“We had the opportunity to follow the offspring of women who had participated in a randomized trial of iron and folic acid and other micronutrients to assess neurocognitive function and outcomes,” researcher Parul Christian said.
The researchers found that children whose mothers had received supplements scored higher on tests of intelligence, organization and fine motor skills than children of mothers who had not received supplements.
“What we showed is prenatal iron and folic acid supplementation had a significant impact on the offspring’s intellectual level and motor ability and ability during school age, which was a very exciting finding,” Christian said. “It had an impact across a range of function, including intellectual function, executive function and fine motor function.”
Iron and folic acid are both known to play important roles in early nerve development.
Although the difference in scores on the universal nonverbal intelligence test was only 2.4 points between supplemented and non-supplemented children, a difference of that scale could be highly significant on a population level, the researchers said, calling for improved prenatal care for poor communities.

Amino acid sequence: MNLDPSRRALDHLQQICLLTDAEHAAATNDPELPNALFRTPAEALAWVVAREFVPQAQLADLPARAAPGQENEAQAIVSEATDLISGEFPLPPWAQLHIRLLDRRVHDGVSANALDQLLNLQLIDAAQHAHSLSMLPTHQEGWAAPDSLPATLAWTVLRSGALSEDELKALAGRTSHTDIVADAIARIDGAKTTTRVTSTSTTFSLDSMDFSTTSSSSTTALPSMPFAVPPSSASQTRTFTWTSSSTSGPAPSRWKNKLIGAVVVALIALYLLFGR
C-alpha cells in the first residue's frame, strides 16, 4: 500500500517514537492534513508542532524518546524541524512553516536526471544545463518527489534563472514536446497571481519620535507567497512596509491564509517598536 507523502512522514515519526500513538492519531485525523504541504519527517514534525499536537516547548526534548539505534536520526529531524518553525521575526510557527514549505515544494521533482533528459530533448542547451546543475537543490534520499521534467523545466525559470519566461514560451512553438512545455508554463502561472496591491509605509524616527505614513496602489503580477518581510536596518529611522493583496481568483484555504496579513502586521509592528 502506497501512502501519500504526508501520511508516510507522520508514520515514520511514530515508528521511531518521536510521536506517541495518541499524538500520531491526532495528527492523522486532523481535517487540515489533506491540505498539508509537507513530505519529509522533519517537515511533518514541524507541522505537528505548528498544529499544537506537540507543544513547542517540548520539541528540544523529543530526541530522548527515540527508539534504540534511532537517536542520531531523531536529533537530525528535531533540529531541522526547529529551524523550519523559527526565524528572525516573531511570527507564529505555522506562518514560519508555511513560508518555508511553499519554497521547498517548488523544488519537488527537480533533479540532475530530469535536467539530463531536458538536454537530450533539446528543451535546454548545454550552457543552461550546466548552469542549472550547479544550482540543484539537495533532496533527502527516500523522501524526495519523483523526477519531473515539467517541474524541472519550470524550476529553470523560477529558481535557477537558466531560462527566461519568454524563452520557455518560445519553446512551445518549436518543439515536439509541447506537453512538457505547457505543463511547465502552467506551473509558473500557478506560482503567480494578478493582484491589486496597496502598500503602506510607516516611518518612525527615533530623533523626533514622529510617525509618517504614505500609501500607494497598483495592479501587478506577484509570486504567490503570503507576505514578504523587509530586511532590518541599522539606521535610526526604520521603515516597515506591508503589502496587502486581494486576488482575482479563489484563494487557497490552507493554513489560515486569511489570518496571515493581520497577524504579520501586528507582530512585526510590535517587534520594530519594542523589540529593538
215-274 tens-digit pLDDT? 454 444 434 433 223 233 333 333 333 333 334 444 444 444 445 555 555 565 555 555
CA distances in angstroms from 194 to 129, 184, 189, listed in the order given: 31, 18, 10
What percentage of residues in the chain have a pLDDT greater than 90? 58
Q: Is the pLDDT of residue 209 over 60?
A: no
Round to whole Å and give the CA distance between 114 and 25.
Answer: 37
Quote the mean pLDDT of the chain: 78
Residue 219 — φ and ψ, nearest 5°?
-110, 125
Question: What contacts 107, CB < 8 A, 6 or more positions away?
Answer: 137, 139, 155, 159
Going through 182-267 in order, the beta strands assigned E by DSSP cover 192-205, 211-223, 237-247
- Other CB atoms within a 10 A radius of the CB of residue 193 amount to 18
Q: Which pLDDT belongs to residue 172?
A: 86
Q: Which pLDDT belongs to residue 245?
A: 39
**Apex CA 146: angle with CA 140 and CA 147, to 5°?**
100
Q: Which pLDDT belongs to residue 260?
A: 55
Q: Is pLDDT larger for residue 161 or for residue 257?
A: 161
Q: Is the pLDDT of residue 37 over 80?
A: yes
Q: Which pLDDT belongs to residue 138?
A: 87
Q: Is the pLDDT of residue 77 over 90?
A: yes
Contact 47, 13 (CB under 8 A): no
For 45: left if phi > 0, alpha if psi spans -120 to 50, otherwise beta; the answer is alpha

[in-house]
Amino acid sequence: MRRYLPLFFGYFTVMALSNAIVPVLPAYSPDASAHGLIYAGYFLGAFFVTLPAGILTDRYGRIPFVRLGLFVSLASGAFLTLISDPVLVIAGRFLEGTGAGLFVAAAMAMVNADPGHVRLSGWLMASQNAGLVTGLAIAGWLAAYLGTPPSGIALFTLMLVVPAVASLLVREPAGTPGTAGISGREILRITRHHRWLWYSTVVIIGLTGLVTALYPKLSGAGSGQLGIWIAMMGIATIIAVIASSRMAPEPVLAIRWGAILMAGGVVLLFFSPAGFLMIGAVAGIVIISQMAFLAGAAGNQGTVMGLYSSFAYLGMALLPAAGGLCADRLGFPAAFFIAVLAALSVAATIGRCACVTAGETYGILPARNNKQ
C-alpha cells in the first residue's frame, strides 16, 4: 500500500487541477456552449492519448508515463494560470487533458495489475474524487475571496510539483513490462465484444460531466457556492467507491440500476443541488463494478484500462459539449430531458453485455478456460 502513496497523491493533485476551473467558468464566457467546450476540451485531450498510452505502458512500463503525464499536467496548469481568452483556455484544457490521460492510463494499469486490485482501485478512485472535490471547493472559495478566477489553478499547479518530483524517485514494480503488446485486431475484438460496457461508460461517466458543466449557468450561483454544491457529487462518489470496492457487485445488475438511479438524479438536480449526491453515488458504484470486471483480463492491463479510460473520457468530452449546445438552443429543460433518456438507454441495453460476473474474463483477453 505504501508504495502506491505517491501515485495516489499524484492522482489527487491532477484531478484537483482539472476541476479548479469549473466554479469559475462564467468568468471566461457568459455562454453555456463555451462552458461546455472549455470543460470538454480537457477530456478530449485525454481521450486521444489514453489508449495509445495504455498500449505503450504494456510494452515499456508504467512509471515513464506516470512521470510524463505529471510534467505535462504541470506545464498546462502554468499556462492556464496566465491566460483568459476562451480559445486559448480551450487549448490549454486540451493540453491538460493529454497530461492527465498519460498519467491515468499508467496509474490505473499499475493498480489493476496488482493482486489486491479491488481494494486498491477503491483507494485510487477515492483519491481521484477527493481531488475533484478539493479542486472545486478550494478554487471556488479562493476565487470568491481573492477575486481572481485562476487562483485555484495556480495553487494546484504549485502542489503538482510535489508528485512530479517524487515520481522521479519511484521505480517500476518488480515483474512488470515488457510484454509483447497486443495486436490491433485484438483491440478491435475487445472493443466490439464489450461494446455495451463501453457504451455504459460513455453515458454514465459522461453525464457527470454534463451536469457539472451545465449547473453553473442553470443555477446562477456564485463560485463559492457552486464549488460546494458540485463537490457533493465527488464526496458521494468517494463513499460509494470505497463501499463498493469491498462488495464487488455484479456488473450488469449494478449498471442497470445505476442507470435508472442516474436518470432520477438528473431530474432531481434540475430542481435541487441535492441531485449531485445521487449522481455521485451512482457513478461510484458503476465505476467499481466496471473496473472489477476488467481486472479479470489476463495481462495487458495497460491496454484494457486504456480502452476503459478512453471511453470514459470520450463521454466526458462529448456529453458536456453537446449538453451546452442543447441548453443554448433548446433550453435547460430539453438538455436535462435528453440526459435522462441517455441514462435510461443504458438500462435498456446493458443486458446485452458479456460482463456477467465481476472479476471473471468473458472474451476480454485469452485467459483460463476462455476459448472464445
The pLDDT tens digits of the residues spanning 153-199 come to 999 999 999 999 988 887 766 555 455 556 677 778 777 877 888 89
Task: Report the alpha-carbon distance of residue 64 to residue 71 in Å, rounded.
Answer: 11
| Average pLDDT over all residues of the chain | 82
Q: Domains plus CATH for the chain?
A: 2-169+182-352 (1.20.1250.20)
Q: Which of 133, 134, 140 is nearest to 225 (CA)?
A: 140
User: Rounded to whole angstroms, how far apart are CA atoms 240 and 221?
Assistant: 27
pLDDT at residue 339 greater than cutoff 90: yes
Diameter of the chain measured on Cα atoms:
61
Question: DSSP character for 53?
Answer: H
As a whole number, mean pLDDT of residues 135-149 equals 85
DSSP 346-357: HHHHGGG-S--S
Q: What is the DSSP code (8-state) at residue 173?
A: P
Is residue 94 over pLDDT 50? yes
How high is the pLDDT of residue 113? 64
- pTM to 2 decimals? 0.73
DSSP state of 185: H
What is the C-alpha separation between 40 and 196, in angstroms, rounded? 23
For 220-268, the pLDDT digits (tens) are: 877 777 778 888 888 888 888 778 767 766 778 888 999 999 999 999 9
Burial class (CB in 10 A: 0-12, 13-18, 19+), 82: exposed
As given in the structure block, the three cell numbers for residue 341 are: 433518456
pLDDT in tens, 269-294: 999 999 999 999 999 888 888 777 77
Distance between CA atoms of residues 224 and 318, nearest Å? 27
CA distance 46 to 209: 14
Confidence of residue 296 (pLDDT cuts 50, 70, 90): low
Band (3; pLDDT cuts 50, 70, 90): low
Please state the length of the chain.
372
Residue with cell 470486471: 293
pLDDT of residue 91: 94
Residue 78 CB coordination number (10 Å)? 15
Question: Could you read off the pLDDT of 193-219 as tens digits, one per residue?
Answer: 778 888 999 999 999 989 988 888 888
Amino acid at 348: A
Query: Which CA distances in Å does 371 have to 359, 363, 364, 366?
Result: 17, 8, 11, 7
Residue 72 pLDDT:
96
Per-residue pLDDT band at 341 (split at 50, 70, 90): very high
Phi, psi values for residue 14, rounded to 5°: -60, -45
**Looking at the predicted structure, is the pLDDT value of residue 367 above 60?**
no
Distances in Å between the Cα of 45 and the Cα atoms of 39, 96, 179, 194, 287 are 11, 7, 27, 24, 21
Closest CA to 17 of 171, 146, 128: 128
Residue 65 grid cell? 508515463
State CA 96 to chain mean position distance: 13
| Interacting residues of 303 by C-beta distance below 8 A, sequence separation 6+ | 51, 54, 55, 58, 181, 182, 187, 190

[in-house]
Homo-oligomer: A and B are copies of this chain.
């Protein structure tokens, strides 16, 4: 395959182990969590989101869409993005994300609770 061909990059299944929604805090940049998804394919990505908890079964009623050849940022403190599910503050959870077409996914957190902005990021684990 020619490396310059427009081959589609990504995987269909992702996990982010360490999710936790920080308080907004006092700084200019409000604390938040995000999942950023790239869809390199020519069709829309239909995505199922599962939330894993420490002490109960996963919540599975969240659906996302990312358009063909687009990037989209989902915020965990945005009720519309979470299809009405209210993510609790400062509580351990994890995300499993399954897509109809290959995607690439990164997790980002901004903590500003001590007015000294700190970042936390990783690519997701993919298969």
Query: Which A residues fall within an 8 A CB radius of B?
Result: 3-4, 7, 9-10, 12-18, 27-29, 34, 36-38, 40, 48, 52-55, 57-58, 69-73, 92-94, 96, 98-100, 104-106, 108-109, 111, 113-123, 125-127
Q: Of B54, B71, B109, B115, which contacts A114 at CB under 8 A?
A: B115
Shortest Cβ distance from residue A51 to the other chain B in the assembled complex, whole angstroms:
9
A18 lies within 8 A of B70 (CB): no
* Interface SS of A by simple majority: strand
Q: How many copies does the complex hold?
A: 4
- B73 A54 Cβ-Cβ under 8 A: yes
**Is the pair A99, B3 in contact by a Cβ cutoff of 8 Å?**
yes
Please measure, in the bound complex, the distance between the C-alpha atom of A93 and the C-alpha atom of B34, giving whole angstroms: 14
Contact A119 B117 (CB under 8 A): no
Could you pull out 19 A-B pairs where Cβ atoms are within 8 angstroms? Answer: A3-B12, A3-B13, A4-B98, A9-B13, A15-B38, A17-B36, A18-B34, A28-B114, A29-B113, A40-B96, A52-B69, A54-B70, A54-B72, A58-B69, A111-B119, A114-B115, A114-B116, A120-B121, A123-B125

Prenatal care is already known to improve birth outcomes.
“Women who receive prenatal care enjoy the lowest risk of maternal and infant mortality in history,” writes Tori Hudson in the book “Women’s Encyclopedia of Natural Medicine.”
To learn more about the importance of nutrition, read the free NaturalNews.com report “Nutrition Can Save America!” at
January 14th, 2011
The Autism News
While no cure is known for autism, researchers believe environmental factors and genetics to play a role. In fact, new findings show the duration between pregnancies may directly impact the risks of having a child with autism.
A study from Columbia University found that women who, after giving birth to their first child, quickly become pregnant again, notice drastically higher chances of having a baby with autism.
Researchers analyzed time between births and the health records of more than 500,000 children who were born second.
Dr. Thomas Frazier, an autism authority, explained that second-child autism rates are increased if the child is born between 12 months or less of the first child. The numbers from the study backed him up.
Children born between 12-24 months after the birth of a first child noticed 125 percent increase of autism cases.
One suggestion for this is that a woman may lack vital nutrients after the birth of their first child, including folate and iron. Additionally, higher levels of stress may negatively affect the health of the second-born child.
Researchers explain that a number of factors may be at fault, and additional research is being done to narrow down the largest risk factors.
December 27th, 2010
By: Jonathan Benson
A new study published in the Journal of the American Medical Association highlights the importance of getting plenty of the right vitamins, minerals and nutrients during pregnancy. The study showed that Indian women who supplemented with prenatal iron, folic acid and vitamin A produced children who were smarter and had better motor skills than children from mothers who did not supplement.